Service Effectiveness Through Employee-Customer Linkages

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Academy of Management Executive, 2002, Vol. 16, No. 4

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Driving service effectiveness through employee-customer linkages S. Douglas Pugh, Joerg Dietz, Jack W. Wiley, and Scott M. Brooks Executive Overview

........................................................................................................................................................................ The management team at a national retailer of consumer healthcare products came under pressure from the parent company to improve profitability. In the past, they had focused on progressive human resource practices as a key success factor. Now, they had to show how these practices drove growth and profitability and what practices could be improved. They asked a consulting firm to conduct the analyses necessary to address this challenge. Analysis of data from financial records, customer satisfaction surveys, and employee surveys for each of the company’s approximately 400 stores began with the business criteria of sales growth and profitability and worked backwards through customer satisfaction toward employee opinions. The results showed that stores which had increased their financial performance over the years (sales, profit, and profit as a percent of revenue) had been creating a different customer experience. They had raised their customers’ ratings of the communication and service performance of the sales staff. In turn, the improved customer ratings of staff were associated with an improvement in a set of employee perceptions. This set of employee perceptions centered around their service capability—in particular, their ability to fix customer 73

Linkage research provides a powerful tool for service organizations because it identifies those elements of the work environment that are connected, or linked, with important organizational outcomes including customer satisfaction and financial performance. In doing so, linkage research integrates functional areas across the organization, providing managers with a common language and framework for a holistic, strategic measurement system focusing on the shared objective of serving the customer. Data from linkage studies are also used to establish an agenda for improving the practices that matter most for customer satisfaction, and the data serve as useful predictors of future firm performance. This article describes the basic linkage model that connects employees and customers in service organizations. We describe the contexts in which employee opinions are most strongly related to customer outcomes and identify the eight practices that have been found to be important drivers of customer satisfaction.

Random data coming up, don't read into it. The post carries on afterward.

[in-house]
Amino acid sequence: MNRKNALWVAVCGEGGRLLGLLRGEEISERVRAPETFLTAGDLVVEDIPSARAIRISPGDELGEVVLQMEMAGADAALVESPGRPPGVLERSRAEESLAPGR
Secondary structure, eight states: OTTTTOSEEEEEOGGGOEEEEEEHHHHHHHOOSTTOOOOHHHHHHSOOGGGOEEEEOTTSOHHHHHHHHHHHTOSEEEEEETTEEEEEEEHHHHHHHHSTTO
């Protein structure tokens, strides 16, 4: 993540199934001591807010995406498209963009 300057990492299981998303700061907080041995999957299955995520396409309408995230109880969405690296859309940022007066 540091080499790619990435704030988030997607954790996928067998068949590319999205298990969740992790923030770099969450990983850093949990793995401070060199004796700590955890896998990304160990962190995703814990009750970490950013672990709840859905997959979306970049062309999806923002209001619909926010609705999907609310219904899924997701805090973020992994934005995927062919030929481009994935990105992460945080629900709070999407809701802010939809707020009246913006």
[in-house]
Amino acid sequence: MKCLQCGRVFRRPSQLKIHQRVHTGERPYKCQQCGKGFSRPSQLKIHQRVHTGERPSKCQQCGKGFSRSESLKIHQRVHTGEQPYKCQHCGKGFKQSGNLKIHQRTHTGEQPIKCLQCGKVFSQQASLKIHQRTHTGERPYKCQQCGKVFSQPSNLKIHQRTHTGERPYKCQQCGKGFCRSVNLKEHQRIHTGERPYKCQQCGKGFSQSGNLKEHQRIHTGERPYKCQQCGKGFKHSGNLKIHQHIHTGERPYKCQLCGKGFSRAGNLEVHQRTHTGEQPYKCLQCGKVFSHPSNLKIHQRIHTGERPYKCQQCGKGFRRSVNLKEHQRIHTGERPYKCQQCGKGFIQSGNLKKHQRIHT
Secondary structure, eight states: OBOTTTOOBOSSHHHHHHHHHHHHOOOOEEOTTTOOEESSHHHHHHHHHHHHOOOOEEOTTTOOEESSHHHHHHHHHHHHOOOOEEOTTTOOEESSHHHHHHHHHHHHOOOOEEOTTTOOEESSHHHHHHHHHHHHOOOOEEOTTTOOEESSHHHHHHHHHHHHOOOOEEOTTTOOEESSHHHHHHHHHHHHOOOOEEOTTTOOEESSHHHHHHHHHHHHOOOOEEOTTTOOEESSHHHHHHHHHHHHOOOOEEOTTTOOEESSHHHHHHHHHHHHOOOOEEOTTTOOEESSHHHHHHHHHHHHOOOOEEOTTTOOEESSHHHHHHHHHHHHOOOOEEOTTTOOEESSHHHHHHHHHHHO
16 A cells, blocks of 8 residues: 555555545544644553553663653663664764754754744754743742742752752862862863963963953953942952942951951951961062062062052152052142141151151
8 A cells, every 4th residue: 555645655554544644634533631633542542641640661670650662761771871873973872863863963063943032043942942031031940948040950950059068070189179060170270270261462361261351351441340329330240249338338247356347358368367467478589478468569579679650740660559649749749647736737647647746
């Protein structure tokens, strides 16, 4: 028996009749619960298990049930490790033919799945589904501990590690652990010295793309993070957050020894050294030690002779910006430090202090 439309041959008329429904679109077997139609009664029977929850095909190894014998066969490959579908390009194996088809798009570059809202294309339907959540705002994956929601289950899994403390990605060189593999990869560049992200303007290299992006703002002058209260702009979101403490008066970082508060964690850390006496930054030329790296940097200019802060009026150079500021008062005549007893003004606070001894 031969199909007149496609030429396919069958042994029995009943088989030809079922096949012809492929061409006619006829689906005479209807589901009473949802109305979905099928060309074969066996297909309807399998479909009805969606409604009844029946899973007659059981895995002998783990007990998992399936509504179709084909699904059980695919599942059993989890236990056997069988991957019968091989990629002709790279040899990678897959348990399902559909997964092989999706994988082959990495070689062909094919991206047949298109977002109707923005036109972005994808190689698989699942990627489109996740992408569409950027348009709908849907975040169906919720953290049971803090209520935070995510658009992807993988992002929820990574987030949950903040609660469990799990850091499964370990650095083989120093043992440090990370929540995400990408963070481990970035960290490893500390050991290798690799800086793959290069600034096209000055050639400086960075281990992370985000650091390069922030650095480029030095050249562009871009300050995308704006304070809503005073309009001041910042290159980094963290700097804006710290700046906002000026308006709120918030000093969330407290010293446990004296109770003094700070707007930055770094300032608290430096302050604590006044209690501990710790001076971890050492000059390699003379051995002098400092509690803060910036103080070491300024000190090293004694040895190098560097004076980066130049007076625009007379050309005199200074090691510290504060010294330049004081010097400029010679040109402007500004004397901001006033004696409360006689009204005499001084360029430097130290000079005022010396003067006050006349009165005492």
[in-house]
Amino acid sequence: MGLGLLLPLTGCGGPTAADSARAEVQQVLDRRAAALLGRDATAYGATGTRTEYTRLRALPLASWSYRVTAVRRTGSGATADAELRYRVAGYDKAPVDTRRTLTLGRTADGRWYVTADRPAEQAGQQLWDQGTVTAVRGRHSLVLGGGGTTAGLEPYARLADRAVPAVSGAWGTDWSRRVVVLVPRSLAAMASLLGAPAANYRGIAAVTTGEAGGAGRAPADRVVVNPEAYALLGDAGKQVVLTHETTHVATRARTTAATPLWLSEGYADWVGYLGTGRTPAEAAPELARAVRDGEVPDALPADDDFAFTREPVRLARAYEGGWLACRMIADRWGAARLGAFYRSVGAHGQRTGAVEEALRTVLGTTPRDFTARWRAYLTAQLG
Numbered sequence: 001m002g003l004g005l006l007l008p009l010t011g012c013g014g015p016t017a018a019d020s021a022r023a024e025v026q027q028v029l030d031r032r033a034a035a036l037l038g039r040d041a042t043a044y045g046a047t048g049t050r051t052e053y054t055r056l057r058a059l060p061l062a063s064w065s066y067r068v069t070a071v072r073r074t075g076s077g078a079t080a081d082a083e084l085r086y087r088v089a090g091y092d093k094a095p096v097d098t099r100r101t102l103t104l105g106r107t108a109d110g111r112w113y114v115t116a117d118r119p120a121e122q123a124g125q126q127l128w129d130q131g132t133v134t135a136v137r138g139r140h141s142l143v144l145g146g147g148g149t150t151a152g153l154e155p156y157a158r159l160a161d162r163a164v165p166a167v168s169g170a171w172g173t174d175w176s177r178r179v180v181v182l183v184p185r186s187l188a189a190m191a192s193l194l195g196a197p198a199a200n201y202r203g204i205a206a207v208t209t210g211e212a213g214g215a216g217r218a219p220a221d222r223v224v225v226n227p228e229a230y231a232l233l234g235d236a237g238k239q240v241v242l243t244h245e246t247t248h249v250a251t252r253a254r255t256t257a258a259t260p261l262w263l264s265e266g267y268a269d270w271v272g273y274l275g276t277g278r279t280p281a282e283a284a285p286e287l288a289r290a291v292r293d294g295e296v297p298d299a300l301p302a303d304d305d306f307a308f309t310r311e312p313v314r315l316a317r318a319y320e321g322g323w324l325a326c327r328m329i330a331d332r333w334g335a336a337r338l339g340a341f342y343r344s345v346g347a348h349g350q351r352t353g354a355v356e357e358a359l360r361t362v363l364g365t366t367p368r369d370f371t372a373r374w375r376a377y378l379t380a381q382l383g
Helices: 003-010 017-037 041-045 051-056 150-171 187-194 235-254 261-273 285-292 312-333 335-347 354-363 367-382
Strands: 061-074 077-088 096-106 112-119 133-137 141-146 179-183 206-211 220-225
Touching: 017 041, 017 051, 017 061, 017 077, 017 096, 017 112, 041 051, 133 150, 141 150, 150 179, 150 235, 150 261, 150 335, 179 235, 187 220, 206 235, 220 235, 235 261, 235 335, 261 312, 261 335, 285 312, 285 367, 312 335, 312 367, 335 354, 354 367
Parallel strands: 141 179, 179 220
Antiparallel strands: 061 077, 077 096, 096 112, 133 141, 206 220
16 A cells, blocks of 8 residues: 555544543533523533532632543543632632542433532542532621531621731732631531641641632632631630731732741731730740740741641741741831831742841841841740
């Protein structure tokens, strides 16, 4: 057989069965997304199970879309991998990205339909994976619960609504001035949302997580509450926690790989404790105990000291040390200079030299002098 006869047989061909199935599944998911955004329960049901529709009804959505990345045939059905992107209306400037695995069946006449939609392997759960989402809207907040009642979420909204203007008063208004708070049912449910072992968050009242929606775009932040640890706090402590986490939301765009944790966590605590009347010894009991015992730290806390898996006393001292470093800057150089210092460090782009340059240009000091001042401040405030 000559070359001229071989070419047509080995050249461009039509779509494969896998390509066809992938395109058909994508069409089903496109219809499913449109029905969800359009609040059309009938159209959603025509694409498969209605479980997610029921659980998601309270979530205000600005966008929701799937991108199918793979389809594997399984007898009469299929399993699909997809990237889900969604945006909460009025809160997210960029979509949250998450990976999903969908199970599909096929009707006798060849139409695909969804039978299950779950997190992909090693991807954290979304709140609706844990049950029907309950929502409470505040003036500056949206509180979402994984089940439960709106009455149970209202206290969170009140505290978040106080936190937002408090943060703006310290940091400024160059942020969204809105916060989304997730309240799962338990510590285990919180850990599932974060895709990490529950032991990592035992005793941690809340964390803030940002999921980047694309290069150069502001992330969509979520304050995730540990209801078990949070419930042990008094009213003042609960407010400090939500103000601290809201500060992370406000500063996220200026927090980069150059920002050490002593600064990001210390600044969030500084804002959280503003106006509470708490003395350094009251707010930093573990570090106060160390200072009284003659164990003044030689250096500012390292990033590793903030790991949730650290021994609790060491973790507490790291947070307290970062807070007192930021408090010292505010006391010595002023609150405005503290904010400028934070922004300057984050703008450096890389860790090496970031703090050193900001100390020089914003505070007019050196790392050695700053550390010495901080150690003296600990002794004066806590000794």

problems. This capability was high in stores where employees received training, worked well in teams, and where store management emphasized service quality. Specifically, an improvement in this set of employee perceptions by 6 percentage points was associated with a 1.3 percentage point improvement in customer ratings of the sales staff. This improvement, in turn, led to a .5 percent improvement in sales, which translated into an additional $4 million in revenue. Figure 1 is a graphical representation of these associations. Employee-Customer Linkage Research The preceding vignette reports an example of linkage research conducted by the third author’s firm.1 Linkage research connects, or links, elements of the work environment described by employees to important organizational outcomes such as customer satisfaction and financial performance. The purpose of this article is to inform managers about the basics and practice of linkage research. For the retailer of healthcare products in the opening example, the benefits of linkage research were threefold. First, the results created a compelling story. Across the company, employees could...
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